African American (AA) women have an elevated risk of cardiovascular disease and have been reported to have lower cardiorespiratory fitness (CRF) compared with Caucasian American (CA) women. However, little data exist that evaluate racial differences in the change in CRF following aerobic exercise training. CA (n = 264) and AA (n = 122) postmenopausal women from the Dose-Response to Exercise in Women study were randomized to 4, 8, and 12 kcal·kg body wt(-1)·wk(-13) (KKW) of aerobic training or the control group for 6 mo. CRF was evaluated using a cycle ergometer. A greater increase in relative CRF was observed in CA compared with AA women in the 4 (CA: 1.00 vs. AA: 0.35 ml O2·kg(-1)·min (-1), P = 0.034), 8 (CA: 1.59 vs. AA: 0.82 ml O2·kg(-1)·min (-1), P = 0.041), and 12 (CA: 1.98 vs. AA: 0.50 ml O2·kg(-1)·min (-1), P = 0.001) KKW groups. Similar effects were found in absolute CRF, with the exception of the 4-KKW (CA: 0.04 vs. AA: 0.02 l O2/min, P = 0.147) group. However, in categorical analyses, the percentages of women who improved in both relative (>0 ml O2·kg(-1)·min (-1)) and absolute (>0 l O2/min) CRF were not significantly different for CA and AA women in all exercise groups (all P > 0.05). AA postmenopausal women, in general, had an attenuated increase in CRF (both relative and absolute) following exercise training, but had similar response rates compared with CA women. Future studies should investigate the physiologic mechanisms responsible for this attenuated response.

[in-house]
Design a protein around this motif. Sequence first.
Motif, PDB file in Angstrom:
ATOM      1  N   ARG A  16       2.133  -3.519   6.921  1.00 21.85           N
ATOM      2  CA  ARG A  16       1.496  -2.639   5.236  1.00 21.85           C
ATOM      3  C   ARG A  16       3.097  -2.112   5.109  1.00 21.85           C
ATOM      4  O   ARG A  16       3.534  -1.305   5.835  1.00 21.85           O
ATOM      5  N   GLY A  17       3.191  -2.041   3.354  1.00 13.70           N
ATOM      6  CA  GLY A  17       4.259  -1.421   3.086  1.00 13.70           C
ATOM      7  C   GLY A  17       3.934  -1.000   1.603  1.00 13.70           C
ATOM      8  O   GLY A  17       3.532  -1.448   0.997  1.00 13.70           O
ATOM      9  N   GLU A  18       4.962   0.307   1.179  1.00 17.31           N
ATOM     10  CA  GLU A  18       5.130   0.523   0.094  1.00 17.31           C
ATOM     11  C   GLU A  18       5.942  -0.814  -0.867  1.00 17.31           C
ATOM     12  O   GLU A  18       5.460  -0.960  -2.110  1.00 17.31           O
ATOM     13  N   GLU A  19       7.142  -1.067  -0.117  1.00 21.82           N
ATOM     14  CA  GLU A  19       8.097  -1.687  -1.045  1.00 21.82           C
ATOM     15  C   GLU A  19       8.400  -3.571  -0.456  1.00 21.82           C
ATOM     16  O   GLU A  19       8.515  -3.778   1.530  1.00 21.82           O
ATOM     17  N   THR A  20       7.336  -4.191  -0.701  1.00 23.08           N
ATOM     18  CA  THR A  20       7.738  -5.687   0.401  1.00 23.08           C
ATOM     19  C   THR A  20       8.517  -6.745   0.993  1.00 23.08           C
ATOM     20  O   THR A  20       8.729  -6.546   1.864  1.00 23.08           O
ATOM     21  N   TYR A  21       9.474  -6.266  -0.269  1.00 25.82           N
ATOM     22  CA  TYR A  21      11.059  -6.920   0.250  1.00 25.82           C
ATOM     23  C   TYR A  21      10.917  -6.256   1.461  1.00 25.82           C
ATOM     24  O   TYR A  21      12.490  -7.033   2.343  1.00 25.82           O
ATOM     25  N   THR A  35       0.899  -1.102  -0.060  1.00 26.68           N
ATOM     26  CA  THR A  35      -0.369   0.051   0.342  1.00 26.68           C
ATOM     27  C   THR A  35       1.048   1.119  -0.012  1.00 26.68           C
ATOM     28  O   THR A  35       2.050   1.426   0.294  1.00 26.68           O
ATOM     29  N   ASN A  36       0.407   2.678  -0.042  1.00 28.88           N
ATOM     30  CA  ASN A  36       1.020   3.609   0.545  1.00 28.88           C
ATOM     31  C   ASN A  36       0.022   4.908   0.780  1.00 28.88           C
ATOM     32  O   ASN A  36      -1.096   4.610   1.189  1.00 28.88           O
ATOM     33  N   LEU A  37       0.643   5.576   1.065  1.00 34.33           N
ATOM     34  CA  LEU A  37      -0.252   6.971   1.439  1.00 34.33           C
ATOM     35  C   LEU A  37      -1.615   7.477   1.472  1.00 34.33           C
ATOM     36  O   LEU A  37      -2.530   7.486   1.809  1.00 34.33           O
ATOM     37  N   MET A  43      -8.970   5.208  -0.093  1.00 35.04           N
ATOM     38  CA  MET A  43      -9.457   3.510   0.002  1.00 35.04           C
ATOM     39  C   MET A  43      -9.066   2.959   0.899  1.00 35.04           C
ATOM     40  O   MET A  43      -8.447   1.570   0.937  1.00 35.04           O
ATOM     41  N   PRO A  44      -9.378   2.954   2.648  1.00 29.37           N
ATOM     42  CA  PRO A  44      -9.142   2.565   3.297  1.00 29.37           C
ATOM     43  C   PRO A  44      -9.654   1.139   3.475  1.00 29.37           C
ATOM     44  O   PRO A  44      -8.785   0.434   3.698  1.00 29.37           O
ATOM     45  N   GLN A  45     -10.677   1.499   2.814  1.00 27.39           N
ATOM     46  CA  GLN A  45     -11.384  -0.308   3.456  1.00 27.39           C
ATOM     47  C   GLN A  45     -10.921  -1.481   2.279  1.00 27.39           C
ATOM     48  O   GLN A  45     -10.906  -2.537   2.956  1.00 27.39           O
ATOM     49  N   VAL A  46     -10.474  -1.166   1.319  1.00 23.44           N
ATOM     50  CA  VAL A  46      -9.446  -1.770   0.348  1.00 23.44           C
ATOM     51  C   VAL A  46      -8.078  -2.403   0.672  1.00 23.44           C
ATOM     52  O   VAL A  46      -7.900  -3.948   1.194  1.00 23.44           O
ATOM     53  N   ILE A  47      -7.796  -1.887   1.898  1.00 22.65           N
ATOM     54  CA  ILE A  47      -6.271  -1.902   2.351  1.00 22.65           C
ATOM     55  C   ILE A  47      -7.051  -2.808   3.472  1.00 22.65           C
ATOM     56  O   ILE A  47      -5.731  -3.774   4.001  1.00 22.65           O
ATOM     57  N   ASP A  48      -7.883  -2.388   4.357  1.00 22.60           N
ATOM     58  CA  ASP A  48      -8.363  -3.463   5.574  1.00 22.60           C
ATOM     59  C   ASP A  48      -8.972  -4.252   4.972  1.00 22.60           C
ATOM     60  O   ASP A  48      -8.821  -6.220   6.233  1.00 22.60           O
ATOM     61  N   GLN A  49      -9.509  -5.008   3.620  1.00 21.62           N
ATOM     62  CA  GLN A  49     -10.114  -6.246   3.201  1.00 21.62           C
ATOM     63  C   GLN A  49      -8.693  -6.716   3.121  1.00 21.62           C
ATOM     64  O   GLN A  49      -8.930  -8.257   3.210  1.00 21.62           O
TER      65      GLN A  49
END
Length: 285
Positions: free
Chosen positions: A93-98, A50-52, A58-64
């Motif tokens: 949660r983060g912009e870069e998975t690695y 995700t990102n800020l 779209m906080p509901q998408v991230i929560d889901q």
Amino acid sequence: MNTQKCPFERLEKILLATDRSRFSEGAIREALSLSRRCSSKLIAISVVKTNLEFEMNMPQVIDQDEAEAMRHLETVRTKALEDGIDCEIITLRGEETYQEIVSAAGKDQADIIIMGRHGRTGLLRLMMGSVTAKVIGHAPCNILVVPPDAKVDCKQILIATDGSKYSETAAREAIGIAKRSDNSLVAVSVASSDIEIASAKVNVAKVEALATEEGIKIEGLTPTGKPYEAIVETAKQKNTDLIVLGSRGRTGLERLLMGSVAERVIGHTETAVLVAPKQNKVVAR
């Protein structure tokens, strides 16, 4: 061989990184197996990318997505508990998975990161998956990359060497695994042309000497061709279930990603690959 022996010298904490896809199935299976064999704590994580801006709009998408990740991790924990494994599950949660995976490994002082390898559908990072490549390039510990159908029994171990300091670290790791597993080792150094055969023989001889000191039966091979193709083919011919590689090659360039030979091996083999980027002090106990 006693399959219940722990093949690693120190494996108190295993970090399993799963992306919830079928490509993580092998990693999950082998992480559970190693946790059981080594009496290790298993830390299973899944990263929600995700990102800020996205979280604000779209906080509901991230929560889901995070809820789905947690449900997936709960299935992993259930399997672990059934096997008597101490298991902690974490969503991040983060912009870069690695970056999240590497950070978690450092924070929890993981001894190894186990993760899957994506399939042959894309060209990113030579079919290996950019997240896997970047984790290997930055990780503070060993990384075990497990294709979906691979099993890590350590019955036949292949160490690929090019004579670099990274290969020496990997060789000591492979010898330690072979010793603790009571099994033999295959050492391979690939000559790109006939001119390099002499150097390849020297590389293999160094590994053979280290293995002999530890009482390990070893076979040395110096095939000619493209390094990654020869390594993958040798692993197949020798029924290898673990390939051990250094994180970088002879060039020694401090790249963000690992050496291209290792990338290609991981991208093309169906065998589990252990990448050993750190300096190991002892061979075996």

Keywords: African American; cardiorespiratory fitness; exercise training; race.